Abrupt withdrawal of intrathecal baclofen therapy can result in a life-threatening syndrome (high fever, altered mental status, profound muscular rigidity that may sometimes progress to fatal rhabdomyolysis). The intrathecal baclofen withdrawal syndrome is clinically and pathophysiologically distinct from autonomic dysreflexia, malignant hyperthermia, and neuroleptic-malignant syndrome. . This patient did not develop intrathecal baclofen withdrawal syndrome at any stage. Probably, the catheter came out of thecal space very gradually over a period. Even when the catheter was extruded completely from thecal space, it is likely that a fibrous channel existed between the tip of the catheter and thecal space, which provided an entry path to the infused drug to reach thecal space. This would explain prompt relief of spasticity when the dose of intrathecal baclofen was increased.
The tip of catheter was placed at T-8 level during the second operation. Initially, the tip of catheter was located at T-10 level. Burns and Meythaler  emphasised the importance of the level of intrathecal catheter placement to achieve satisfactory control of spasticity. Placement of the tip of the intrathecal catheter at the T-6 / T-7 level was associated with greater relief of upper-extremity spasticity without loss of effect on the lower extremities. The mean dosages of baclofen in children with spastic tetraparesis, in whom intrathecal catheter was placed at the T-6 / T-7 level with fluoroscopic guidance, were lower compared with mean dosages when the catheter tip had been placed at the T-11 / T-12 level. No morbidity related to the more rostral location of the catheter was observed in the children, in whom the catheter tip had been placed at the T-6 / T-7 level.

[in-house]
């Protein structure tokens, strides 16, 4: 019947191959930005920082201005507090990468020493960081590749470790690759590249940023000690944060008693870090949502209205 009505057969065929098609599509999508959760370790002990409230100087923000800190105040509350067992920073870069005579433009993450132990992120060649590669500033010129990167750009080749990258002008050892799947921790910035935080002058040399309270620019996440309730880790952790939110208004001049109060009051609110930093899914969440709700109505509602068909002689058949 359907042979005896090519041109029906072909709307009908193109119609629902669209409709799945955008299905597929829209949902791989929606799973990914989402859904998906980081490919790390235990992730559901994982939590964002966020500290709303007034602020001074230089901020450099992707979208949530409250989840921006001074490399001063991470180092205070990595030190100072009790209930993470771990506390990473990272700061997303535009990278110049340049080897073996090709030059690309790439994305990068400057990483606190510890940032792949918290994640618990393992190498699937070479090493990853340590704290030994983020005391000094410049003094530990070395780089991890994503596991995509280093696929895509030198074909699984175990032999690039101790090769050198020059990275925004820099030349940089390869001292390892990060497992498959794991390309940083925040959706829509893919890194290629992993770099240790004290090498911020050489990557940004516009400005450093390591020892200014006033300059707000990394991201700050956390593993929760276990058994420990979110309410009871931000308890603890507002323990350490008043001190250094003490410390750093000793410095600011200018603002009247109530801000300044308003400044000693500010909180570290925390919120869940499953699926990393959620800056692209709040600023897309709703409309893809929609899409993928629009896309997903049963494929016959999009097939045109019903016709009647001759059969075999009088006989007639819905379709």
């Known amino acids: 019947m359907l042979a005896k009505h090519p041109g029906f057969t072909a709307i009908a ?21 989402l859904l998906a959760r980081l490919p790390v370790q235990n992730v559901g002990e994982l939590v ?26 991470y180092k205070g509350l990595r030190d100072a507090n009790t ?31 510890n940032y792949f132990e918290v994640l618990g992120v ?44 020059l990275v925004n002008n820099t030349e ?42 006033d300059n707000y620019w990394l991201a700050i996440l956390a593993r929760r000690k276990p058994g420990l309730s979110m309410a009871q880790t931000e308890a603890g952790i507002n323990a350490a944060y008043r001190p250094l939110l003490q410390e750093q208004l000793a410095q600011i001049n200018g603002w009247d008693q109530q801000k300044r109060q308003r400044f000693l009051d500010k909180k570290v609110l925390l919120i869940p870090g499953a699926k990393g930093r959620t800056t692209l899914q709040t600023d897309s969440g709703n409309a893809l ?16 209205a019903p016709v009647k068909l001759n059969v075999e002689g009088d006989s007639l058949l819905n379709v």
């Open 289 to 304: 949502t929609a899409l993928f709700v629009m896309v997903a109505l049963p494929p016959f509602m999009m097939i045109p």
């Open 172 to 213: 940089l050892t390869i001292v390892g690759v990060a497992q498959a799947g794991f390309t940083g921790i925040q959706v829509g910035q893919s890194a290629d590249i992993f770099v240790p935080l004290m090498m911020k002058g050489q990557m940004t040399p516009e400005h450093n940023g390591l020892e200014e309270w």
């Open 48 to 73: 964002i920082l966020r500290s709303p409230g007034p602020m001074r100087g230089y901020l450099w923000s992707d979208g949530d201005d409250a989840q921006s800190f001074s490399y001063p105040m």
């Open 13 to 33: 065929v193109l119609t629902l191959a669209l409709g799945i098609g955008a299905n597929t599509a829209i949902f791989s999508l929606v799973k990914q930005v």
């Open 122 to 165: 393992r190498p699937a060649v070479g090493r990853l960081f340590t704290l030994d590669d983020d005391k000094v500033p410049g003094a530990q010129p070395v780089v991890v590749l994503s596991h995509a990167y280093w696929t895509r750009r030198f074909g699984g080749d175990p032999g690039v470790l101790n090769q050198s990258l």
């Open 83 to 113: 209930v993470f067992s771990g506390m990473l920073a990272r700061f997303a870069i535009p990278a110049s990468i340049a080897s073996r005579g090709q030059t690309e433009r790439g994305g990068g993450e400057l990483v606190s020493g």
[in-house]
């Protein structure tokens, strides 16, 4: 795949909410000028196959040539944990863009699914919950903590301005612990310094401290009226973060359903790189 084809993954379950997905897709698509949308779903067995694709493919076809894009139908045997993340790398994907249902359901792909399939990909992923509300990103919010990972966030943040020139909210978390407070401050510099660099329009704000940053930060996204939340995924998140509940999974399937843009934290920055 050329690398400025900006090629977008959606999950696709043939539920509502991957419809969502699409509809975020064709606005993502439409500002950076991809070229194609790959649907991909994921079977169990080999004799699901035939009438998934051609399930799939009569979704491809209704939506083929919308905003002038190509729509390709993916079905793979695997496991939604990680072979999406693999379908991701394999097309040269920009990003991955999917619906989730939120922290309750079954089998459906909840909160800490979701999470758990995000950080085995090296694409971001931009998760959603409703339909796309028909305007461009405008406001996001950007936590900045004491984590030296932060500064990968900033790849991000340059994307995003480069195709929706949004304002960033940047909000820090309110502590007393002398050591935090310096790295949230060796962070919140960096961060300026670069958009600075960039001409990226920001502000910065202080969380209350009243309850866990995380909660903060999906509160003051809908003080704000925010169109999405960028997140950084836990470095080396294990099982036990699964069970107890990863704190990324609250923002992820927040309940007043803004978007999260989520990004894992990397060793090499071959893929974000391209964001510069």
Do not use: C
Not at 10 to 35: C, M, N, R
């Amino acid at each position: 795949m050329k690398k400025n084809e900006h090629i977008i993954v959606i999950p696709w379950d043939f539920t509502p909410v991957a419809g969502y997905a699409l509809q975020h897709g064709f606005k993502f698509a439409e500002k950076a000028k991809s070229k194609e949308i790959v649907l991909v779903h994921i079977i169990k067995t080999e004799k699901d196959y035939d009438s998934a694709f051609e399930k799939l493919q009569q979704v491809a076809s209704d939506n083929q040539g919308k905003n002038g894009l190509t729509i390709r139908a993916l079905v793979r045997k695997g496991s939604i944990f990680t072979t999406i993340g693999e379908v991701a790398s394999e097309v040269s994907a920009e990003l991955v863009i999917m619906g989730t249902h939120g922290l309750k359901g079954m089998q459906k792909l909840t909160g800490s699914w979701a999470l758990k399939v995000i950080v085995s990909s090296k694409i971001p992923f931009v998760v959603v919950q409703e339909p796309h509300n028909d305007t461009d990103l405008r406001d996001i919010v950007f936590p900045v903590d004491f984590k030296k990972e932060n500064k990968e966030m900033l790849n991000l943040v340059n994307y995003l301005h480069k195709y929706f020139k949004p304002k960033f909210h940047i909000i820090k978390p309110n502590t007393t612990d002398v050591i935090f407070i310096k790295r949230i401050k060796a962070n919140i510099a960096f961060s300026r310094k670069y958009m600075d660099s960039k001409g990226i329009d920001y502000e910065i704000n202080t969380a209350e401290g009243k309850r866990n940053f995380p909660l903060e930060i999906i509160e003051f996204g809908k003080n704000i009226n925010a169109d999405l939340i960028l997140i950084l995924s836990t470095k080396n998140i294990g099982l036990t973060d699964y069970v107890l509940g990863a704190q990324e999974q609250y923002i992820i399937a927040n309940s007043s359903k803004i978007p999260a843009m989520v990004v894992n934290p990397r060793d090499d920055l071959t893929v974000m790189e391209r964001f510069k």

This case illustrates that catheter-pump malfunction should be excluded before ascribing resurgence of spasticity to drug tolerance, or other co-existing conditions such as bladder stones, particularly in SCI patients, whose spasms had been well controlled previously with intrathecal baclofen therapy. Vesical calculi acted as red herring for recurrence of spasms in this patient. In retrospect, we observed that vesical calculi were present even in the X-rays taken on day 487 when the patient had adequate control of spasticity and the pump was delivering baclofen satisfactorily with the tip of catheter located at T-10 level. (Figure (Figure8).8). Had the X-ray taken on day 689 been available in an easily retrievable format for repeated viewing by different health professionals, it is likely that at least one of us would have noticed spontaneous extrusion of catheter from the spinal canal and we would have implemented corrective measures expeditiously.
It is possible that some physicians might have encountered similar mishap after implantation of baclofen pump, but have not published the adverse events for fear of recrimination. We favour voluntary reporting and dissemination of information on adverse events related to clinical procedures and medical implants [9-11]. Quite often, mishaps occur due to system errors and therefore, apportioning blame to individual health professionals should be avoided. A joint team approach by health professionals belonging to various medical disciplines, which is strengthened by frequent, informal and honest discussions of a patient's clinical condition, is likely to reduce delays in diagnosis and medical errors in spinal cord injury patients.
SV wrote the draft and performed lithotripsy of bladder stones; BMS and TO carried out implantation of baclofen pump; TO diagnosed extrusion of catheter from the spinal canal; all authors contributed to the final manuscript.
The pre-publication history for this paper can be accessed here:
We thank the patient for giving consent to publication of this case report. The authors are grateful to Professor David Rushton, Departments of Neurology and Rehabilitation, Kings College Hospital, Denmark Hill, London, United Kingdom, and Dr J.M. Meythaler, Department of Physical Medicine and Rehabilitation, Division of Neurological Surgery, University of Alabama at Birmingham School of Medicine, Birmingham, USA.
Professor Rushton and Dr Meythaler made valuable comments to the original manuscript. A review of our submission by internationally renowned experts in the subject of intrathecal baclofen therapy helped the authors to revise the manuscript incorporating the useful suggestions made by Professor Rushton and Dr Meythaler.